I hope autumn is treating everyone right. Time for our weekly update.
Beyoncé vs. Wedding planner
On one hand, a wedding planning company who is the owner, in the US, of the trade mark “Blue Ivy Events” since 2012. On the other hand, Beyoncé trying to register her daughter’s name (Blue Ivy Carter) as a trade mark for multiple classes (food, baby apparel, books, cosmetics…). The wedding planning company is therefore opposing to Beyoncé registration application on the grounds that:
- Beyoncé’s application infringes their trade mark
- Beyoncé has no intention of using said trade mark in commerce (referring to an interview she gave to Vanity Fair in 2013).
Beyoncé is contesting these allegations by arguing that there is no likelihood that consumer will confuse Blue Ivy events, a wedding planning event business, with Blue Ivy Carter, which by using “Carter” creates a clear distinction from the wedding planning business.
This dispute will most likely end up in an out-of-court settlement.
McDonald vs. Canadian burger owner
The owner of a small Canadian burger from Edmonton was selling a fish burger named “Effing Filet O’ Fish”. McDonald, apparently found out and sent the owner a cease and desist letter requiring him to rename his product, since this name infringes McDonald’s trade mark (for its famous Filet O' Fish) and might cause confusion amongst the consumers (very unlikely). Very funnily, the Canadian owner found a (maybe unorthodox) solution and rename his fish burger “McEffing Fish Filet”. Let’s see what is McDonald’s next move.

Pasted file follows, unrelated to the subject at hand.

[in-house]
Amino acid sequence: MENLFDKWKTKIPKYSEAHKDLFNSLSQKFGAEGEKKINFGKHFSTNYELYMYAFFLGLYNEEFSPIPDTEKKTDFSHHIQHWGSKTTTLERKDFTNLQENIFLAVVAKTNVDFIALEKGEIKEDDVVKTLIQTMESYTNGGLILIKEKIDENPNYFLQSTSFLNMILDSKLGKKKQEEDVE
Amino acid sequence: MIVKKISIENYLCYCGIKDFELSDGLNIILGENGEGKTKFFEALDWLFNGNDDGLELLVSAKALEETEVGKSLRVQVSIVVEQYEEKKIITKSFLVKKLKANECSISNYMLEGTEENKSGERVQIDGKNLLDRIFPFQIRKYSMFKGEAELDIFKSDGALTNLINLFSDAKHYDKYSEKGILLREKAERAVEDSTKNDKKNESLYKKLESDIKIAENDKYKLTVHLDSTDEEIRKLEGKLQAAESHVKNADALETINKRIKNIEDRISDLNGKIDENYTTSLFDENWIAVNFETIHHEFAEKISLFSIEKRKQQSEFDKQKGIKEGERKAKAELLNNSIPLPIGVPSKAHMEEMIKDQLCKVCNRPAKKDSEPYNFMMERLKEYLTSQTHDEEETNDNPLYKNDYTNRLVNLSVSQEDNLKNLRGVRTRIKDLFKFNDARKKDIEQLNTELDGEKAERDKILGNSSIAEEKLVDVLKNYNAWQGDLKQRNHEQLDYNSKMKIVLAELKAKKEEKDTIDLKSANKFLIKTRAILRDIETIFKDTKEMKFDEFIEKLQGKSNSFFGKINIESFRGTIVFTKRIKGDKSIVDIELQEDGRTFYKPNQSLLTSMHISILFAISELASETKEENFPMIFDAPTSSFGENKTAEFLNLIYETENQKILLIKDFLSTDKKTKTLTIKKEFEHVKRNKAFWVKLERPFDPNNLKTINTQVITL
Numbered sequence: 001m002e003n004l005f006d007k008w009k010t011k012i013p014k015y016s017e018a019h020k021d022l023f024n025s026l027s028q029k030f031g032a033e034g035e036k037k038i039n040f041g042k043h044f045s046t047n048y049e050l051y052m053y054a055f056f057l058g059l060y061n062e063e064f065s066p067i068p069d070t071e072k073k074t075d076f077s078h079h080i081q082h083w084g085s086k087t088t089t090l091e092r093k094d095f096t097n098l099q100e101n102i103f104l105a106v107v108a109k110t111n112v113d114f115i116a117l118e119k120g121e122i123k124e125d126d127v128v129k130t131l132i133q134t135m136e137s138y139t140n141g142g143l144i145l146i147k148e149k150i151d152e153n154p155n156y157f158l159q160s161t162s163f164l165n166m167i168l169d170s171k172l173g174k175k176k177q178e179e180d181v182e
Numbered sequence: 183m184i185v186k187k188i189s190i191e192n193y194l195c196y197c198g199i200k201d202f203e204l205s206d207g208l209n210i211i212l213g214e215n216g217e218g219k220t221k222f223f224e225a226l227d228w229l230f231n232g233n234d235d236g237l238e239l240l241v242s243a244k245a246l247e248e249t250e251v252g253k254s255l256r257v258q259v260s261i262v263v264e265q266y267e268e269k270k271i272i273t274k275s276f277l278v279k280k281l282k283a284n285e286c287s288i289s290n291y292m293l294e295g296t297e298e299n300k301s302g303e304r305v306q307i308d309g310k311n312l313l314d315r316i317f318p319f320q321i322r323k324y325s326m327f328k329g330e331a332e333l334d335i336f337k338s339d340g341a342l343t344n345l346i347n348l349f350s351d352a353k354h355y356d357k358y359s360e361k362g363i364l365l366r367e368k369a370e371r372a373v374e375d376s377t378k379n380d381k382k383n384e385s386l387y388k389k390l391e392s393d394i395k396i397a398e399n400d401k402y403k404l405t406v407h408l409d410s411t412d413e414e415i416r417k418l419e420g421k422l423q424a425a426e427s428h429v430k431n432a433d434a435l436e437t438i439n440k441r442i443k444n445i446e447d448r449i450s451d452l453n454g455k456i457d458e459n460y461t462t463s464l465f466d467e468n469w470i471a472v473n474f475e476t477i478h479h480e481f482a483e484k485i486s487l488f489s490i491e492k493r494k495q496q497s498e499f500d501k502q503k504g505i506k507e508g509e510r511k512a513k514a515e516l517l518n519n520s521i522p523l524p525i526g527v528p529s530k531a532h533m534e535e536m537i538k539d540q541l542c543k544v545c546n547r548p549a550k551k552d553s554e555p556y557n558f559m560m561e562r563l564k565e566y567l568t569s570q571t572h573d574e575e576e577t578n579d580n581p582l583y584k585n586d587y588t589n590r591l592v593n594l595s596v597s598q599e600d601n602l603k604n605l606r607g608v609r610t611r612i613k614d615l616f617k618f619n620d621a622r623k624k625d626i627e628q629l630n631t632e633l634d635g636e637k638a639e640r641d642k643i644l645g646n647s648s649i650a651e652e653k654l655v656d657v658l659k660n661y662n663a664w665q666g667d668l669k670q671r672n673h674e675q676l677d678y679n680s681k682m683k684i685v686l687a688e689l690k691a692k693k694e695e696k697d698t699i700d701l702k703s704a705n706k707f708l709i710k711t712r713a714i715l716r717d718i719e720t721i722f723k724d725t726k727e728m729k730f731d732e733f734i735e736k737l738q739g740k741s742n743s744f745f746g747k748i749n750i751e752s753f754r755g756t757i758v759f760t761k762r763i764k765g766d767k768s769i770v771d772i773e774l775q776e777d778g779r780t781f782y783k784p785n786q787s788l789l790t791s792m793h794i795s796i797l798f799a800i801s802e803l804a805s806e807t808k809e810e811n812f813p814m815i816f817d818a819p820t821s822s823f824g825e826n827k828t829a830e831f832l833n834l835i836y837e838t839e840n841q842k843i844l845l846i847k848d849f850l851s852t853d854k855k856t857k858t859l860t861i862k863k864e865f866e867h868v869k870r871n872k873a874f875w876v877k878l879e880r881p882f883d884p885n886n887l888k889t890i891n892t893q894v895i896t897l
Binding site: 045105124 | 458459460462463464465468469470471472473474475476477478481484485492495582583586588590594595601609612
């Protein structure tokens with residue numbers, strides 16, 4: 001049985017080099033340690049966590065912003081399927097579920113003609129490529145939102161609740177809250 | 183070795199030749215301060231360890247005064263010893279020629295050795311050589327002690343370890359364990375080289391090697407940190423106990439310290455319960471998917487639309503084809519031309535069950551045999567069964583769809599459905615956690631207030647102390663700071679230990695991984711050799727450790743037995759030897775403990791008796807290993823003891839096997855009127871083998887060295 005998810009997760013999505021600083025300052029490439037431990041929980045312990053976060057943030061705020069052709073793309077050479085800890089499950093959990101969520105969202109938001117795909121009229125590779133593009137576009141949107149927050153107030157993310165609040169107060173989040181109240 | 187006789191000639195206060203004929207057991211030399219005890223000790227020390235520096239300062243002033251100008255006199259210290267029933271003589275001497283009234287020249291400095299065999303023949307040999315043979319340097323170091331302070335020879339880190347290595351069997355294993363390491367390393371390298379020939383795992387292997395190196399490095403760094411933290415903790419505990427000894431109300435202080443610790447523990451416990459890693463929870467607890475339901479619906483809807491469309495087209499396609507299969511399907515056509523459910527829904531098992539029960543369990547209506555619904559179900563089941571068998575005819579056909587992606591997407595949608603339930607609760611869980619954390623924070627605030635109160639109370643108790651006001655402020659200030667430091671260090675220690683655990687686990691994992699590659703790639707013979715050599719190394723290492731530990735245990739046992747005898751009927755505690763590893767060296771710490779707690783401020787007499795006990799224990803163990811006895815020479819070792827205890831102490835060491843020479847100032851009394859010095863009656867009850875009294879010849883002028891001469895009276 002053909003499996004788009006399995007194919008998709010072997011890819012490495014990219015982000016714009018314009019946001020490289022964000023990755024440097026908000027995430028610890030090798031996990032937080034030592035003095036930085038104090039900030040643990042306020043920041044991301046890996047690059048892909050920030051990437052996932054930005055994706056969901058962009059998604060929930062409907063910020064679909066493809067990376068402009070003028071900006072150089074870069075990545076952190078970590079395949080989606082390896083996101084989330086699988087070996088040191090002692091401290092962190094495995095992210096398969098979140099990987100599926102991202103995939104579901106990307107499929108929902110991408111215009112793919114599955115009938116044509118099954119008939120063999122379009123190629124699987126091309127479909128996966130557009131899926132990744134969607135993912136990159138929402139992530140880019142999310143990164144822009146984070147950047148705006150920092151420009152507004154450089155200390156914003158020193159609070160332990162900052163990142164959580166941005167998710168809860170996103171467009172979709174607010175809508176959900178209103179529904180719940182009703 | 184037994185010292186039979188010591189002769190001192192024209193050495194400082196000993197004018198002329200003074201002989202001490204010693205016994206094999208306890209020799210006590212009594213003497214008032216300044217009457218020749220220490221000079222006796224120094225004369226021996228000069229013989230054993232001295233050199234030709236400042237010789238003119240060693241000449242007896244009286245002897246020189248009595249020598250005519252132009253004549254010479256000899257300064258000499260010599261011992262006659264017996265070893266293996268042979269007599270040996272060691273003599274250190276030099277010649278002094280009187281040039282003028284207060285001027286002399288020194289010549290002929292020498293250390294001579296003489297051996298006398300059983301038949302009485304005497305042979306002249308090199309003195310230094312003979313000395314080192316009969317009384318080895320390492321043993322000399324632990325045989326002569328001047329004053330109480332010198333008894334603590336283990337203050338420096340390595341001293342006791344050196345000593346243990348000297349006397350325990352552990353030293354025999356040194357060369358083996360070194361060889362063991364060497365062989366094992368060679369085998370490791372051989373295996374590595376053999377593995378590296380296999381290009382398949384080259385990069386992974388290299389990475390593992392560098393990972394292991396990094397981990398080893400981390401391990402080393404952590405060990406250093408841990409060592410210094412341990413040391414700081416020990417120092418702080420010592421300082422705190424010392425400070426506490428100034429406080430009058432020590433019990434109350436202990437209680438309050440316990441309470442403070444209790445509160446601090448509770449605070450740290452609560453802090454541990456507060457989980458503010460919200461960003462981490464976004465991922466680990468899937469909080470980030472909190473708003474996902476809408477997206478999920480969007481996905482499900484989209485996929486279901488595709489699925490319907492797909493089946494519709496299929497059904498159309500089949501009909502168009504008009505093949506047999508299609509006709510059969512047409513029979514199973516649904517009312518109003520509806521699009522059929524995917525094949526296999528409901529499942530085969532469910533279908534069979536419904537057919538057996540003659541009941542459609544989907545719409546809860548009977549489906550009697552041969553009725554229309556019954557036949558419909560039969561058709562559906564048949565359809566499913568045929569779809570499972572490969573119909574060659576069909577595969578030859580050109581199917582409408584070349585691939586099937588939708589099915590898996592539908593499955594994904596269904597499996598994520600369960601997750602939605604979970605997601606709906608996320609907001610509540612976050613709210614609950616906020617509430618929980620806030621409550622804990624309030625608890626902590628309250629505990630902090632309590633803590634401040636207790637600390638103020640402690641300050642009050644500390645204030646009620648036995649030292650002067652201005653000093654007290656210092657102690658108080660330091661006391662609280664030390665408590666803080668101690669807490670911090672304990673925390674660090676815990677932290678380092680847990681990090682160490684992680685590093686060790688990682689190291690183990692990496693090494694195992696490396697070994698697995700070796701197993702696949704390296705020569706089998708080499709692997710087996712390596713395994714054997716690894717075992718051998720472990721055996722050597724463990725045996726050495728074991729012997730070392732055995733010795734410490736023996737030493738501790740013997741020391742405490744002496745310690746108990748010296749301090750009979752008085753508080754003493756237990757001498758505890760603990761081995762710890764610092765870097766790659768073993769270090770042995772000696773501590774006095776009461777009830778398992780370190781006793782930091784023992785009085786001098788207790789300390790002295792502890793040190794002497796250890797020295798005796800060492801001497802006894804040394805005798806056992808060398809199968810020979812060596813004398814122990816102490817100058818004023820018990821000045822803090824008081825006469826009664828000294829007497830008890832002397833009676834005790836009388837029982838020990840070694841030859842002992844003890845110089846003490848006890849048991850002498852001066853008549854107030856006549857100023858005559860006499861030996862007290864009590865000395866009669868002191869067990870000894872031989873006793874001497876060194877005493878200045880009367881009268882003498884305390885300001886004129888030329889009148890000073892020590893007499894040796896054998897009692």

Confirmed cancellation of Rubik’s cube 3D trade mark
Back in 1999, Rubik’s Cube was registered as a trade mark. Simba, a toy maker, filed opposition to have the trade mark cancelled, opposition that was rejected back then. However, after years of legal battle and bringing the discussion up to the CJEU, Rubik’s trade mark was finally cancelled in 2017. Now, 2019, and after the owner of Rubrik’s right filed an appeal, the General Court of the EU confirmed the cancellation of said trade mark. Why? Simply put, because Rubrik’s cube shape “consist exclusively of a shape necessary to obtain a technical result". Translation, the way in which Rubrik’s cube is shape is necessary to allow people to play the jigsaw.
Disclaimer: the decision of the GC in this case, is actually more thorough and complicated. As such, it might be better to reserve the topic for a big blog post on design and trade mark protection!
As for the interesting readings of the week, the top 10 most pirated movies of the week, brought to you by TorrentFreak, with “The Lion King” leading the classification.
That is all for this week’s news. See you next week!